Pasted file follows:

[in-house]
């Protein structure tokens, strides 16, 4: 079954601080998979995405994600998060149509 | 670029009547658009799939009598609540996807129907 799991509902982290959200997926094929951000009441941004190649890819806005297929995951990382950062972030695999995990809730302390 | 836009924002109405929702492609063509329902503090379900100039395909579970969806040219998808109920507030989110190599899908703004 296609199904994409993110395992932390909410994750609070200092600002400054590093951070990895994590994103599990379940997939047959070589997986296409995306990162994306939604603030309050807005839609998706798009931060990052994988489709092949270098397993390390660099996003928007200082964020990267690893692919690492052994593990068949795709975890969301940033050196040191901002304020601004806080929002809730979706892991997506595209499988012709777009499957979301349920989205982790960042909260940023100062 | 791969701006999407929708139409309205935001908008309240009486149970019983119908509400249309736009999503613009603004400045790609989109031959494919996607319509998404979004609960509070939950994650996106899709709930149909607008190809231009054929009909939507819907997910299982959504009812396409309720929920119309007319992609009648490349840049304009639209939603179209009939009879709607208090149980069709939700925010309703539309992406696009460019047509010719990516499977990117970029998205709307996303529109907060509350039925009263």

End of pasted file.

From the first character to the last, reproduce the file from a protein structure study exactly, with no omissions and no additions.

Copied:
[in-house]
């Protein structure tokens, strides 16, 4: 079954601080998979995405994600998060149509 | 670029009547658009799939009598609540996807129907 799991509902982290959200997926094929951000009441941004190649890819806005297929995951990382950062972030695999995990809730302390 | 836009924002109405929702492609063509329902503090379900100039395909579970969806040219998808109920507030989110190599899908703004 296609199904994409993110395992932390909410994750609070200092600002400054590093951070990895994590994103599990379940997939047959070589997986296409995306990162994306939604603030309050807005839609998706798009931060990052994988489709092949270098397993390390660099996003928007200082964020990267690893692919690492052994593990068949795709975890969301940033050196040191901002304020601004806080929002809730979706892991997506595209499988012709777009499957979301349920989205982790960042909260940023100062 | 791969701006999407929708139409309205935001908008309240009486149970019983119908509400249309736009999503613009603004400045790609989109031959494919996607319509998404979004609960509070939950994650996106899709709930149909607008190809231009054929009909939507819907997910299982959504009812396409309720929920119309007319992609009648490349840049304009639209939603179209009939009879709607208090149980069709939700925010309703539309992406696009460019047509010719990516499977990117970029998205709307996303529109907060509350039925009263």